3D viewing won't trigger epilepsy6th December 2011
Anyone watching a 3D movie runs a very slight risk of seizure, but that risk does not appear to be higher in epileptics, according to a recent German study.
The researchers found, however, other unpleasant reactions were quite common.
Study author Herbert Plischke, executive director of the University of Munich's Generation Research Programme, said his study of a group of children who had epilepsy had no increased seizure risk from watching movies in 3D.
When watching 3D movies, about 20% of children seemed to experience nausea, headaches, or dizziness.
Plischke said all children seemed to have a higher than usual vulnerability to seizure while watching 3D movies.
The actual vulnerability, however, would depend upon the content of what was being shown on television, and not the technology itself.
While the idea behind 3D movies is not new, the upsurge of consumer interest in the idea has spawned countless movies that require the wearing of 3D glasses in recent years.
Now, with televisions that also make use of 3D glasses becoming more and more common, some medical professionals and researchers have raised concerns about how the technology might affect people.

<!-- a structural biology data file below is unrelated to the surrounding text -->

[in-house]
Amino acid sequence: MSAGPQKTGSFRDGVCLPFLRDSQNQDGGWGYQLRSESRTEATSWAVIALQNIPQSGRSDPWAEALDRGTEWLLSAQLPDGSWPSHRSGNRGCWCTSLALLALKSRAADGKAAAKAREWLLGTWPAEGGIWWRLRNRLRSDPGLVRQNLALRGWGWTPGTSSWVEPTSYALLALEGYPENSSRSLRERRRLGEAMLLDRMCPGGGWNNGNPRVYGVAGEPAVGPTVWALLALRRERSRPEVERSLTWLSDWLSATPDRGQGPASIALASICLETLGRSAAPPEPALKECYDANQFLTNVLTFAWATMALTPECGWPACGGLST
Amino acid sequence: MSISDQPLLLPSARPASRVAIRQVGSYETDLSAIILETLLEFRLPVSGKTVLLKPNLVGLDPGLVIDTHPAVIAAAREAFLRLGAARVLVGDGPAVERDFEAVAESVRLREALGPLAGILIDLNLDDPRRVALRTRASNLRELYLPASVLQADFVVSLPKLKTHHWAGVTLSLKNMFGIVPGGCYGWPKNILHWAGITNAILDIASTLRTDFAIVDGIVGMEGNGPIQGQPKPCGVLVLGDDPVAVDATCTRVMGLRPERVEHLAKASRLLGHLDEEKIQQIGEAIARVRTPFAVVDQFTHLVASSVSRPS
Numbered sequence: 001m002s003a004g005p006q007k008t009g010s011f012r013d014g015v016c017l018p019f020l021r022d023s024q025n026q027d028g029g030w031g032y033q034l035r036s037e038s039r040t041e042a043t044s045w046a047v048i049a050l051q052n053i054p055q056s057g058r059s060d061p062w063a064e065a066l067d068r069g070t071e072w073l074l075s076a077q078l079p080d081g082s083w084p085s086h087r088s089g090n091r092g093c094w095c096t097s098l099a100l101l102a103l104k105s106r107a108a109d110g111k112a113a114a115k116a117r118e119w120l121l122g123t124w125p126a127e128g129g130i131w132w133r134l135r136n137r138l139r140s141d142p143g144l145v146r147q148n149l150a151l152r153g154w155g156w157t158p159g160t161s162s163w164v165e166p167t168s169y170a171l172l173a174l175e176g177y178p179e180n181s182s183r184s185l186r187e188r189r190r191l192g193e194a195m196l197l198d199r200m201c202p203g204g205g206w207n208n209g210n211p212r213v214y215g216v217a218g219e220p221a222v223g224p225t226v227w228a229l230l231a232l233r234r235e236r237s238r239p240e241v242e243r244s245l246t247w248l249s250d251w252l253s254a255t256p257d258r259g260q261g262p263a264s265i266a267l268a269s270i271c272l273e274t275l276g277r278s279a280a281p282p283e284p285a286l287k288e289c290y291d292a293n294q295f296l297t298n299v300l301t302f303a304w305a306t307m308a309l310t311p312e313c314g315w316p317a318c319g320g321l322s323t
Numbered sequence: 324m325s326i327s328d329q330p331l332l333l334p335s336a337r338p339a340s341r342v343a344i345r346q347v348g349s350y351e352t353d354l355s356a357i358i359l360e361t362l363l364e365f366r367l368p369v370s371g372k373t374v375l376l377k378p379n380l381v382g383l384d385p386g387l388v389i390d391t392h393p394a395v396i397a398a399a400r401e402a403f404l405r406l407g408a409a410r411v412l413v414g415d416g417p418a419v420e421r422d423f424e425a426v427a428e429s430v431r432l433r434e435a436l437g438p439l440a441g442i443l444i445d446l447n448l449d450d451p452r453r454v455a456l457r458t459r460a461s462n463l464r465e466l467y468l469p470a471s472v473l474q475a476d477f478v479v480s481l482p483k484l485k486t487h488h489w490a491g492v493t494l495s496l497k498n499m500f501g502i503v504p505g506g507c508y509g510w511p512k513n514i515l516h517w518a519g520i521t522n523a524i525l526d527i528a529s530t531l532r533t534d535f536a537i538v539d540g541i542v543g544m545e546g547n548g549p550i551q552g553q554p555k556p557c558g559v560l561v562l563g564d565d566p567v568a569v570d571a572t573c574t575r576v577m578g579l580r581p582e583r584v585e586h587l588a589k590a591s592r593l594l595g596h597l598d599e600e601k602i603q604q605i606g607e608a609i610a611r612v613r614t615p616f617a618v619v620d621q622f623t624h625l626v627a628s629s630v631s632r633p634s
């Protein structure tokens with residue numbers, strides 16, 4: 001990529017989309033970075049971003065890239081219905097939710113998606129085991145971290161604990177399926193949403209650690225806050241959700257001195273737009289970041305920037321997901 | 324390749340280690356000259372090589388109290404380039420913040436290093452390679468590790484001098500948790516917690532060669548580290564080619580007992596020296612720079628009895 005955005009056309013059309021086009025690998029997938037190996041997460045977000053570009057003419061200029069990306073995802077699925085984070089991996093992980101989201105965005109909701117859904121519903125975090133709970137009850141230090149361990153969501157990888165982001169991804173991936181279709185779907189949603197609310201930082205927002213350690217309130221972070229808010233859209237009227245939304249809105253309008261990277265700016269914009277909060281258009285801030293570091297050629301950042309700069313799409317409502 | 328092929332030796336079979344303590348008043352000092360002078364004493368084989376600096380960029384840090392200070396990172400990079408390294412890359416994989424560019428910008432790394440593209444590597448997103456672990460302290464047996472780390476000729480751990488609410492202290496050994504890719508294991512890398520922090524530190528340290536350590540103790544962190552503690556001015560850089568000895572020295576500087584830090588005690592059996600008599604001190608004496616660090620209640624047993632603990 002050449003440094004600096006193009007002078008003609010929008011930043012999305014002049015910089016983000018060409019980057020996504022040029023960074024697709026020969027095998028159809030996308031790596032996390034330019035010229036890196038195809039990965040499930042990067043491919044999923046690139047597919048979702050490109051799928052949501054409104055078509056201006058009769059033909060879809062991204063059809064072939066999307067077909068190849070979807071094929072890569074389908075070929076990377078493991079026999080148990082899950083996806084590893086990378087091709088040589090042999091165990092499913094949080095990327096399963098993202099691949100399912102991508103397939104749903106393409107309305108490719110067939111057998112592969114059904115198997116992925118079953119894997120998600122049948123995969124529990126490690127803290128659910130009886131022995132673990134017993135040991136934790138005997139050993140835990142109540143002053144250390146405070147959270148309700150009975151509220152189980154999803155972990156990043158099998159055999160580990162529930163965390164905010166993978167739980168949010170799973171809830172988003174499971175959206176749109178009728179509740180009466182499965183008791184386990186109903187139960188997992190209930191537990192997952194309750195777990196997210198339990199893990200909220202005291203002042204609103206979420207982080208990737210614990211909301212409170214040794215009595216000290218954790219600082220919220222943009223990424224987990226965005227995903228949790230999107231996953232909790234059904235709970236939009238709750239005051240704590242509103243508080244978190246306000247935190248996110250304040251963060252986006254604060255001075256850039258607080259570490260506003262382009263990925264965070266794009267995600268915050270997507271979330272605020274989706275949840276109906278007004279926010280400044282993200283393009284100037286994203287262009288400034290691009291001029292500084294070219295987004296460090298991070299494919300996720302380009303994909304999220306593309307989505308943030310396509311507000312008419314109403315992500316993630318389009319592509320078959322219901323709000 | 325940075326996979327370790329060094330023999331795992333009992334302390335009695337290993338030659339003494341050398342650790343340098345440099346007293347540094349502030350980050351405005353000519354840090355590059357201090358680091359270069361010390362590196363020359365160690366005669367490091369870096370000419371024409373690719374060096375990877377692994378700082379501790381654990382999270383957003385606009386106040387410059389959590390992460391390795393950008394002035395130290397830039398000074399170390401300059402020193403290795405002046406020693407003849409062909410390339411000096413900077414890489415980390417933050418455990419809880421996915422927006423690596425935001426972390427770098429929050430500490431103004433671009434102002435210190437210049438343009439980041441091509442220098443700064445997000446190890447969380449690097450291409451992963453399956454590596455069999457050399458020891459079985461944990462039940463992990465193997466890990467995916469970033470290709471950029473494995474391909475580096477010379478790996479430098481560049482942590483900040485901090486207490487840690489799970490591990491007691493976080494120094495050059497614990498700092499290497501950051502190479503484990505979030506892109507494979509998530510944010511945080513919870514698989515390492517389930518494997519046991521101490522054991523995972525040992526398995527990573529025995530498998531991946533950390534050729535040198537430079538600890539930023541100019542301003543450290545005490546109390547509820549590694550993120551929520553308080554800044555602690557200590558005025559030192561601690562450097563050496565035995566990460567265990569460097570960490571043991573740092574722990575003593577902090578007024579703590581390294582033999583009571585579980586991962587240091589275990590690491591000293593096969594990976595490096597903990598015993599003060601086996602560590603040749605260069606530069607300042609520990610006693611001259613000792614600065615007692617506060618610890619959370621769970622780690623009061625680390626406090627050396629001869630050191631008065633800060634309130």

One study recently found that, for various reasons related to eye coordination, about 30% of all 3D viewers may experience headaches or nausea when watching such movies.
The sensation experienced by such people is similar to feeling seasick.
For the study, the researchers tested 100 children, all of whom were about 12 years old, for sensitivity to bright lights.
All of the children were epileptic.
Each of the children then watched 3D television, sitting just under seven feet away from the screen.
One of the children had a seizure after 15 minutes of viewing.
That child had an unusually high frequency of seizures, and normally had between three and four seizures a day.
During the 3D TV test, one fifth of the children said they experienced nausea and headaches.
A slightly smaller number of children said they experienced nausea and headaches during the light sensitivity test.
The researchers also used EEG readings of the children's brains during both tests.
Orrin Devinsky, director of NYU Langone Medical Center's Epilepsy Centre, who was not involved in the study, said that the finding sounded perfectly in line with what he might expect.
He said that, if there was to be a problem, it would be with the content, namely flashing imagery, which would be a concern in 2D or 3D.
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